The director of any movie, regardless of its theme, determines the music requirements, if, where and when it shall be used for the appropriate scenes.
You also wrote music for TV Starsky and Hutch for example, is scoring TV shows hugely different from working on motion pictures?
Technically, there is no difference for me between scoring for movies or TV…
There is news from Hollywood about a re-make of the Blacula movies, if approached would you consider writing music for any such production?
I know nothing of the talk of a Blacula sequel, though it wouldn’t surprise me if there was.
My thanks to Bill Marx for his time and wonderful responses.
The release of new and old scores from films and TV shows continues and has I think in the past few months become even greater in volume. Thankfully, it is not a case of quantity over quality, as in ninety percent of cases the scores are exceptionally good. For this edition of Soundtrack Supplement, we continue our look at new ones, old ones and maybe forgotten ones in the soundtrack world. There seems to be a lot of very strong contenders in the TV department, with scores such as Mare of EastTown and Loki wetting our appetite and leaving us wanting more of the same. There are also re-issues of soundtracks from television such as The Adventures of Robinson Crusoe from the 1960’s on their way and a veritable landslide of Ennio Morricone some that have been available for many years others that are just seeing the light of day and also other scores with maybe five minutes of extra music added if you’re lucky that is and if you are well, I do hope that you are grateful!!!! And are happy to part with your hard-earned cash for a track that could (I say could don’t shoot me) be computer generated (What? No shock horror).
Two labels that do not add tracks or computer enhanced cues to flesh out any of their releases and for me stand out for releasing interesting and unusual scores are Kronos records from Malta and Movie Score Media the Swedish soundtrack label. Both seem to be unstoppable in their release programme with Kronos mixing it up a little releasing vintage Italian scores in their Gold collection Series and at the same time offering up new and fresh material from Germany, Italy, and Eastern Europe. Movie Score Media I do not think take a breath between releases and amaze many as to the variety and the quality of their catalogue, most of which is available digitally with releases on CD coming later and being released by several labels.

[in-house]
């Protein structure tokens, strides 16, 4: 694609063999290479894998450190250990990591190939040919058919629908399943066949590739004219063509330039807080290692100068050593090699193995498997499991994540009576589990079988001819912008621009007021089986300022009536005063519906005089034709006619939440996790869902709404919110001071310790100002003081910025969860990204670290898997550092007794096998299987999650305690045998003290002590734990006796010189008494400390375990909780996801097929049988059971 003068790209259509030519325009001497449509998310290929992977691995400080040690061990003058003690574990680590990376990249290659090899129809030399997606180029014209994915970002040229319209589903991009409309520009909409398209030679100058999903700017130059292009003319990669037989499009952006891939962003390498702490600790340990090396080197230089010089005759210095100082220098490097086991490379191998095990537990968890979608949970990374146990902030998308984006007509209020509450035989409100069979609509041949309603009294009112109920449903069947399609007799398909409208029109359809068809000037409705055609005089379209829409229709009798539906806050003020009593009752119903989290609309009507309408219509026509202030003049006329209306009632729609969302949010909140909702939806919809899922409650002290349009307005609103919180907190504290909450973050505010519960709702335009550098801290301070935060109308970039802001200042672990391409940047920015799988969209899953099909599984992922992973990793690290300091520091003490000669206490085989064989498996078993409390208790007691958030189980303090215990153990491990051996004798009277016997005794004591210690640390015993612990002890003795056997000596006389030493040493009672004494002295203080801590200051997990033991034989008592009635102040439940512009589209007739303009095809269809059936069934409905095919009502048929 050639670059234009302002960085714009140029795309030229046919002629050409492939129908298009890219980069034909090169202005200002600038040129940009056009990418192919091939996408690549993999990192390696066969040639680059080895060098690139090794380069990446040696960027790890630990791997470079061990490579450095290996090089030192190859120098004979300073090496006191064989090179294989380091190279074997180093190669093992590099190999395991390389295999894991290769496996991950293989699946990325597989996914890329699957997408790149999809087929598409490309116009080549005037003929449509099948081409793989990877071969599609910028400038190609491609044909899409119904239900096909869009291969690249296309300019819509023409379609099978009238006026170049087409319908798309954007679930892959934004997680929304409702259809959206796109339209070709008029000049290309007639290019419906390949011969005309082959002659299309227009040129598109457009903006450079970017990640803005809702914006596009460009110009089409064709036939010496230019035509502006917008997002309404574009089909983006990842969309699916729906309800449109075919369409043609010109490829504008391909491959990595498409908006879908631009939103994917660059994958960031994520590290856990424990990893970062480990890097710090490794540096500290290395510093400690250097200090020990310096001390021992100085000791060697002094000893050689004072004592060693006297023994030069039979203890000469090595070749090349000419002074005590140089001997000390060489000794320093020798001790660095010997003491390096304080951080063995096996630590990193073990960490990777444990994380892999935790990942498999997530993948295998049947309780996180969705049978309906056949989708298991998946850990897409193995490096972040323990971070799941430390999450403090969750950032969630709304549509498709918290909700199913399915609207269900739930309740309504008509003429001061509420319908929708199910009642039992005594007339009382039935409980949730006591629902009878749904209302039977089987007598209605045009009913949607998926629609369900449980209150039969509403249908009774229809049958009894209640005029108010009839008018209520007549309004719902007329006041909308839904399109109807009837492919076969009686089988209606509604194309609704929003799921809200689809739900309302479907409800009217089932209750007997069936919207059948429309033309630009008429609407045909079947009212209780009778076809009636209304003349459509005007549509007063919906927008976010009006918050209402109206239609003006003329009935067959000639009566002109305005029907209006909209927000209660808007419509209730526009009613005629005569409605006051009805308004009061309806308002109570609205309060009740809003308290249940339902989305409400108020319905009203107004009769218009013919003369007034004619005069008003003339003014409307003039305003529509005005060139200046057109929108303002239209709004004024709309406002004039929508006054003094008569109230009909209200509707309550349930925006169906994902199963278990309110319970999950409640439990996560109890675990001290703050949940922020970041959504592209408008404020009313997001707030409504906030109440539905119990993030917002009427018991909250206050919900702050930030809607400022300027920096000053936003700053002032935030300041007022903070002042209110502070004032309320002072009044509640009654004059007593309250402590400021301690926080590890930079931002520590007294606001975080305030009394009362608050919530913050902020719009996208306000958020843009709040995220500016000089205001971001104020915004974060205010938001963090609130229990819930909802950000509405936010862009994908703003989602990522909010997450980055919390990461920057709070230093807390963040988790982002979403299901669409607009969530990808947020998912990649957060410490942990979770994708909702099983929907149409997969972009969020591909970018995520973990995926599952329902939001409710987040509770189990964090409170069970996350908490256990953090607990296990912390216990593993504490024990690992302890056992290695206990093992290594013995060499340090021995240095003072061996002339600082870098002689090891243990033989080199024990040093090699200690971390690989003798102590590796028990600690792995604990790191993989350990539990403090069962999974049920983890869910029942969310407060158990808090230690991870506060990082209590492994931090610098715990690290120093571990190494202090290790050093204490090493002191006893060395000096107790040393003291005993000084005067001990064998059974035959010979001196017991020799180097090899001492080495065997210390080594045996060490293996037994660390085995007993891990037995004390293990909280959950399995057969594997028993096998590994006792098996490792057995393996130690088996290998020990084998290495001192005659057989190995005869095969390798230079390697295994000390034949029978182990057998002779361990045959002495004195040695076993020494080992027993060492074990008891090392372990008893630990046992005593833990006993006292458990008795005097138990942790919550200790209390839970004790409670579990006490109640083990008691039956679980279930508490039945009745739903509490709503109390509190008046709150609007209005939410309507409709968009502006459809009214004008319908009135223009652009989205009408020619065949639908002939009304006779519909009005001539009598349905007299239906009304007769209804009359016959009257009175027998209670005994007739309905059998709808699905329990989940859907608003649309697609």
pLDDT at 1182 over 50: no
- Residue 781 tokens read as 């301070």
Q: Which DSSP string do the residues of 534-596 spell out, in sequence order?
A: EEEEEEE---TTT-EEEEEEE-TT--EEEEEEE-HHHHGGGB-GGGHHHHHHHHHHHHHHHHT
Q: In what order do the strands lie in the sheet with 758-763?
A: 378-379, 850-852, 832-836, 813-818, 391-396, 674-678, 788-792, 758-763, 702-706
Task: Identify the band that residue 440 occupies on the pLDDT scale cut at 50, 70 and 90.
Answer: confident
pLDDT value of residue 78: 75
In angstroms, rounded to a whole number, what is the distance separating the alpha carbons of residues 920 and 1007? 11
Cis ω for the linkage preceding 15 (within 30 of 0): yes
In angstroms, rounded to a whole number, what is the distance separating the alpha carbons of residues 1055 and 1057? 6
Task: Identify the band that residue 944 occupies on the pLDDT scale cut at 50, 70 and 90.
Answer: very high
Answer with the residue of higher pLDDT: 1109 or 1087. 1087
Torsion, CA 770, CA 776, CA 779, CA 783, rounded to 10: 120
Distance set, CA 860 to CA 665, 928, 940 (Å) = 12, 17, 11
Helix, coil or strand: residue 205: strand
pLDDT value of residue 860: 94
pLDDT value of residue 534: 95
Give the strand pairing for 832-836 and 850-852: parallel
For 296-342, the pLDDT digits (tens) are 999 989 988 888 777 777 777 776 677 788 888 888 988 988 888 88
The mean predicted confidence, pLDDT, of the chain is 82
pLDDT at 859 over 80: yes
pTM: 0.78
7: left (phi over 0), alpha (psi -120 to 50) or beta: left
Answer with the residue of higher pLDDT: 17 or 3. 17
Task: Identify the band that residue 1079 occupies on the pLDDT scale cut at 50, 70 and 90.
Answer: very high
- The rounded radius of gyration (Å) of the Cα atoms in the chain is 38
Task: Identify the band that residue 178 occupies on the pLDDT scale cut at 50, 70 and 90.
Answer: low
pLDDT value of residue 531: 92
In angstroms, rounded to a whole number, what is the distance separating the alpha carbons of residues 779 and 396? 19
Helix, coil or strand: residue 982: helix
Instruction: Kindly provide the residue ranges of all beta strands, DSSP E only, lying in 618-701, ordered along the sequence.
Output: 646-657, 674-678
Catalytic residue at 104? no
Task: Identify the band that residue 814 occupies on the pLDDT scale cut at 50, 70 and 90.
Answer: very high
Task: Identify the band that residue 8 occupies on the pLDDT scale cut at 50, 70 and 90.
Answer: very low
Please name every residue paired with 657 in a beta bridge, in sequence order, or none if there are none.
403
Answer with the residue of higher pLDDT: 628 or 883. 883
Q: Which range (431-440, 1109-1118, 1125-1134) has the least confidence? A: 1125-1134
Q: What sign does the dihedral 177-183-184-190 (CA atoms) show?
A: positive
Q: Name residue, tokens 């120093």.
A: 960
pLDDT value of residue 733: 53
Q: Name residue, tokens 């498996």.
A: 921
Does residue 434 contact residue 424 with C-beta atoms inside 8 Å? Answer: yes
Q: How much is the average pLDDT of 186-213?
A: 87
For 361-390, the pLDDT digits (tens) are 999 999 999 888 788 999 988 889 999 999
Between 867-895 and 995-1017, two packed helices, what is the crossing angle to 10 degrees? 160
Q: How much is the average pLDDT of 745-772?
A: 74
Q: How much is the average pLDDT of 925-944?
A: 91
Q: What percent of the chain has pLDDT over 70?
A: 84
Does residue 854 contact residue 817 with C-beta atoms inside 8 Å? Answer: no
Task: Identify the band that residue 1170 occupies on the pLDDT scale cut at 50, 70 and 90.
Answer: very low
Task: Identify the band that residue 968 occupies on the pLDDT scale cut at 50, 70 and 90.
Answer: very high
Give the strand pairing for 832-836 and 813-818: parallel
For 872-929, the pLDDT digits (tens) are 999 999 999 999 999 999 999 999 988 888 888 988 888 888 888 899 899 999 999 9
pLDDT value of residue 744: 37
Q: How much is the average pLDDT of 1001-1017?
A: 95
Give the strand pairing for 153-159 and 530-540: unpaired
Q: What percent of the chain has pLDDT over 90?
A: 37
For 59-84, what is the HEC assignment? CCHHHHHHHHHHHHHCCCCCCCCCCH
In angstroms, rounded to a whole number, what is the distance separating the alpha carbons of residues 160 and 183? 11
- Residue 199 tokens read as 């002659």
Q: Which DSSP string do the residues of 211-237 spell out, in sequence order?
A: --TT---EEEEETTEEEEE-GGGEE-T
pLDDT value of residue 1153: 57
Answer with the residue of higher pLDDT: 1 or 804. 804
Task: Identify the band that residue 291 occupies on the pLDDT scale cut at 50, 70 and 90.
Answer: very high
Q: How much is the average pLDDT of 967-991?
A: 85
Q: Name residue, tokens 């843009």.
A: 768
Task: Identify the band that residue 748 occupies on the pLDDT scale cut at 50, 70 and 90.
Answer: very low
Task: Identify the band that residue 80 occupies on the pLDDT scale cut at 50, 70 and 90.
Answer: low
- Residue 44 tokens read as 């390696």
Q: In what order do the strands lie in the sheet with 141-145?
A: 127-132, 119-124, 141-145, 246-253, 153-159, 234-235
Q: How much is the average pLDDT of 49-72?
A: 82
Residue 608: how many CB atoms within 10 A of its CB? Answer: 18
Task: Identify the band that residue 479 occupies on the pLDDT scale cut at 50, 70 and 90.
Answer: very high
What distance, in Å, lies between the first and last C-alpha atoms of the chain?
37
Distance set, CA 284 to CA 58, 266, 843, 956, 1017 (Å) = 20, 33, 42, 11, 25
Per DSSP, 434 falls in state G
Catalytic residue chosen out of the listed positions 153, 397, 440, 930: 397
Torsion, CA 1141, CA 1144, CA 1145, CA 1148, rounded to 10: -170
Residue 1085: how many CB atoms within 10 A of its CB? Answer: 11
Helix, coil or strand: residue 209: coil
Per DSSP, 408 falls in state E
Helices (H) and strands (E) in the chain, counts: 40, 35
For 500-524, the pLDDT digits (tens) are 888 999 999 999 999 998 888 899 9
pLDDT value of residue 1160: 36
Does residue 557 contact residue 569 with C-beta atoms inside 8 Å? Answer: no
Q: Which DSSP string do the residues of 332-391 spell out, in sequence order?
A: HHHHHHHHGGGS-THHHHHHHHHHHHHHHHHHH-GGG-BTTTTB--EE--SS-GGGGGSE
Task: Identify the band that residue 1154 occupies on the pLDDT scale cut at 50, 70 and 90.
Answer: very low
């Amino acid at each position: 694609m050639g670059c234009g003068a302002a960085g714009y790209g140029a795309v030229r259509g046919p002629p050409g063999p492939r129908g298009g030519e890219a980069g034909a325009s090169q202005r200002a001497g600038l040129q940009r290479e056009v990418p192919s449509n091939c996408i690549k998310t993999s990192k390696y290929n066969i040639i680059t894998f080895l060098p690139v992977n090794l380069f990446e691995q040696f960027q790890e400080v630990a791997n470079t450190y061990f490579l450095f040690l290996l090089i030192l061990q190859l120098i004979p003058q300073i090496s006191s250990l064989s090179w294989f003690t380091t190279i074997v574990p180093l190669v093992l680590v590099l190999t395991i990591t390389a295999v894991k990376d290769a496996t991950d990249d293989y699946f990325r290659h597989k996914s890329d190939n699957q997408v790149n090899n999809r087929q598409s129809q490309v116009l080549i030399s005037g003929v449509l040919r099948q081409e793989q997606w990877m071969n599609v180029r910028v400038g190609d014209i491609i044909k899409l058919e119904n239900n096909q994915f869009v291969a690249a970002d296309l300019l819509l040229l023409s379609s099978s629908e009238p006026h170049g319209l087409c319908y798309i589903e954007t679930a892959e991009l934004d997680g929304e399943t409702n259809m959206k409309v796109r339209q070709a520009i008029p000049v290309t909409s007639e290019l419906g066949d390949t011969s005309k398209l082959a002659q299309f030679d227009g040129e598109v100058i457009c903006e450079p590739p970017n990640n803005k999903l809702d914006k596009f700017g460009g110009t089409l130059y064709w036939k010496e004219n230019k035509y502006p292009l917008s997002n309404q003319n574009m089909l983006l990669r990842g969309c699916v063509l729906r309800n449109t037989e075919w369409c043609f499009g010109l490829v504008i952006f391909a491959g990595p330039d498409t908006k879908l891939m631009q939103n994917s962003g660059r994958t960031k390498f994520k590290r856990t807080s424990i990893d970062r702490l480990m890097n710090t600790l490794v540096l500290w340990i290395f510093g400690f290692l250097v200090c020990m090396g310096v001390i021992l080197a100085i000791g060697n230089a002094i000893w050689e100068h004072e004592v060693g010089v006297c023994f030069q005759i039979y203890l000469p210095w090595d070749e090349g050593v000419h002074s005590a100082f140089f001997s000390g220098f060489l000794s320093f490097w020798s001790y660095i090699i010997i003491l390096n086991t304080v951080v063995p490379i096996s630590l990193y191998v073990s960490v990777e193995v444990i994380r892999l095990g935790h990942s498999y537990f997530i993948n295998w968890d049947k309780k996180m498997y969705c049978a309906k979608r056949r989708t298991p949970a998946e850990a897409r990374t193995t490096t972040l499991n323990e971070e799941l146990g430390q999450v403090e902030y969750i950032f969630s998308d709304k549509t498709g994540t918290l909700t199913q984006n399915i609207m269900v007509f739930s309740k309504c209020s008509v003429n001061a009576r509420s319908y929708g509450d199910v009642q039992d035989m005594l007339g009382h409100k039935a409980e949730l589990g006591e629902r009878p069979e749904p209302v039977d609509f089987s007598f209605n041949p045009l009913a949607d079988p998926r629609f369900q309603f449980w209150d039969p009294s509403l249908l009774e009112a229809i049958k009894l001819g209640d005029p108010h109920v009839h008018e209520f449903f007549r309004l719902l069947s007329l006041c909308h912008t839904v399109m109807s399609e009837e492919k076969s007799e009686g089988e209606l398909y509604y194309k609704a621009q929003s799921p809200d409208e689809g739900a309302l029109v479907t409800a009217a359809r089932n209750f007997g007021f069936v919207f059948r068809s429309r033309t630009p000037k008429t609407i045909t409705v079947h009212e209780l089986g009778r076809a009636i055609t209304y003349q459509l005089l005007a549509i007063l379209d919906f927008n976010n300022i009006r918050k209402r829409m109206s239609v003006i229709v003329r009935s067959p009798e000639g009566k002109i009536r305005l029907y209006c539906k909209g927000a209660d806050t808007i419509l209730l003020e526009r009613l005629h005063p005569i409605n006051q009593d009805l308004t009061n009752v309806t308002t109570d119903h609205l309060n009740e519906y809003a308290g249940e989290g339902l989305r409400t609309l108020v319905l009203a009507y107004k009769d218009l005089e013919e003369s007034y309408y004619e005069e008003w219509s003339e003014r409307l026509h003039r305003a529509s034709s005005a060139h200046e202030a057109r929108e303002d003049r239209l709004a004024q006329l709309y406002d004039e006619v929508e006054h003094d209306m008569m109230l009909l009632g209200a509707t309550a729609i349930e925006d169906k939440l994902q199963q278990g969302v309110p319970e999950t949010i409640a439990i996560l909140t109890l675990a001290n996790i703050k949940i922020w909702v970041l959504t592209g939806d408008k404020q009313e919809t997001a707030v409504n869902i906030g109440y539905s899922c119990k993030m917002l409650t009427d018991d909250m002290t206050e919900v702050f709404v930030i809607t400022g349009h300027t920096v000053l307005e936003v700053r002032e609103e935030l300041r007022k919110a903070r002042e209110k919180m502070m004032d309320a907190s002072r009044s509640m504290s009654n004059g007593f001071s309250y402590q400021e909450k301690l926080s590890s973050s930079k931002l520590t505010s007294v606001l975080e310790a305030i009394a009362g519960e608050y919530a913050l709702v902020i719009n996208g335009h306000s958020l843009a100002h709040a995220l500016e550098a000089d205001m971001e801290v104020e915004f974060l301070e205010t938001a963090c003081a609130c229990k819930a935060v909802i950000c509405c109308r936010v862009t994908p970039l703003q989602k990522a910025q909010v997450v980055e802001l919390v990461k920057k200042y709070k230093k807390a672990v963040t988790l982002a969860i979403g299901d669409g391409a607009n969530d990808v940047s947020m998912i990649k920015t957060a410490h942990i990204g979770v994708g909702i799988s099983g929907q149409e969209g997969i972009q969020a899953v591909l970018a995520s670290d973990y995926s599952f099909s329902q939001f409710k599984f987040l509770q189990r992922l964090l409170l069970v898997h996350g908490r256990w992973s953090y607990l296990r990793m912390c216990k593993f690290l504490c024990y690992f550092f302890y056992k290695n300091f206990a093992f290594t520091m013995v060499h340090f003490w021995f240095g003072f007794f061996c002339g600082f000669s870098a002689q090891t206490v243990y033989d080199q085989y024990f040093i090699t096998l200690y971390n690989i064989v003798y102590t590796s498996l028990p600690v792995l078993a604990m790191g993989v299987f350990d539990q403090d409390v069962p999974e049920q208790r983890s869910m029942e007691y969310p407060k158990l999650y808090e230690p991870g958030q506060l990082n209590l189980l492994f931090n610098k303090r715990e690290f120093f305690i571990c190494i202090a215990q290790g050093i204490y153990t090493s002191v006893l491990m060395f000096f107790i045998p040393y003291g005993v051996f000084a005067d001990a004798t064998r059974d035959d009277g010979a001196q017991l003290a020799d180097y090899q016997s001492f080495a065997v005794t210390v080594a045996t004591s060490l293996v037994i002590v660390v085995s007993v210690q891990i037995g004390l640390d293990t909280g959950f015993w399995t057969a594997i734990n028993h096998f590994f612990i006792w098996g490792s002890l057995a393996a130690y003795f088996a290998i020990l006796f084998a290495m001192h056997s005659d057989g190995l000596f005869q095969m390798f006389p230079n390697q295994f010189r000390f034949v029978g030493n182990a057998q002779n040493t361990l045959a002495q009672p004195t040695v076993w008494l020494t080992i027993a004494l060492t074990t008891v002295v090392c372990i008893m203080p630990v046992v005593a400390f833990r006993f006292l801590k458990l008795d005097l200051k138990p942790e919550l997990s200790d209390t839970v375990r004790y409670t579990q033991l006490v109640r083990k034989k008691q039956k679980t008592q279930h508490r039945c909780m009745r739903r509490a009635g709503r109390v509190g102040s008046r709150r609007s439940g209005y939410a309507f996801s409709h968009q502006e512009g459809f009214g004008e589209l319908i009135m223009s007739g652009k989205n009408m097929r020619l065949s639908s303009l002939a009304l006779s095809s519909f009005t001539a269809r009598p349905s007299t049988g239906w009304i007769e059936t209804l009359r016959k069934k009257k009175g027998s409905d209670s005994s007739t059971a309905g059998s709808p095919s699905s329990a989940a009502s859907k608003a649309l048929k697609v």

Movie Score Media too are one of the best labels for introducing the music of new or unknown composers. Also, The Plaza Mayor Company is now becoming a force to be reckoned with as regards to some of the more obscure film scores and has released so many that are like hidden gems and like a breath of fresh air for any film music fan.
One of their releases Bacurau by composer Mateus Alves I still find as vibrant and engaging as I did when I first heard it back in 2019. The label also released the infectious and driving Latin flavoured score for El Complot Mongol in 2019 which is by the brilliant composers Gus Reyes and Andres Sanchez Maher.
It’s a soundtrack once heard you remember forever and also one that is returned to on a regular basis. The label also issued Ramin Koushaa’s score for The Warden, which released back in 2019 as well. So, if you have not yet sampled their releases it might be time to take a listen.
One of Ramin Koousha latest works for cinema is the score for the movie Sun Children, which is currently only available on digital platforms. It is a soundtrack certainly worth investing in as it is not only innovative in the way it is written, orchestrated, and performed, but also displays how talented and inventive this composer is. The work is diverse and filled with a variety of styles and sounds thus remaining interesting and at the same time entertaining.
The score encompasses many musical styles and purveys an emotive but powerful persona, the composer utilizing soft and haunting compositions alongside driving and commanding musical passages. It can be intricate and romantic, but in the next moment it slides into a dark and more apprehensive mood. I listened through a couple of times and on each occasion was immersed in its almost beguiling and mesmerizing atmospheres, its lightness or at least moments of light are at times breathtakingly beautiful as in the cues The Void, Suffering, and Gloom which convey feelings of melancholy, solitude, and fragility that are underlined with a sense of uneasiness.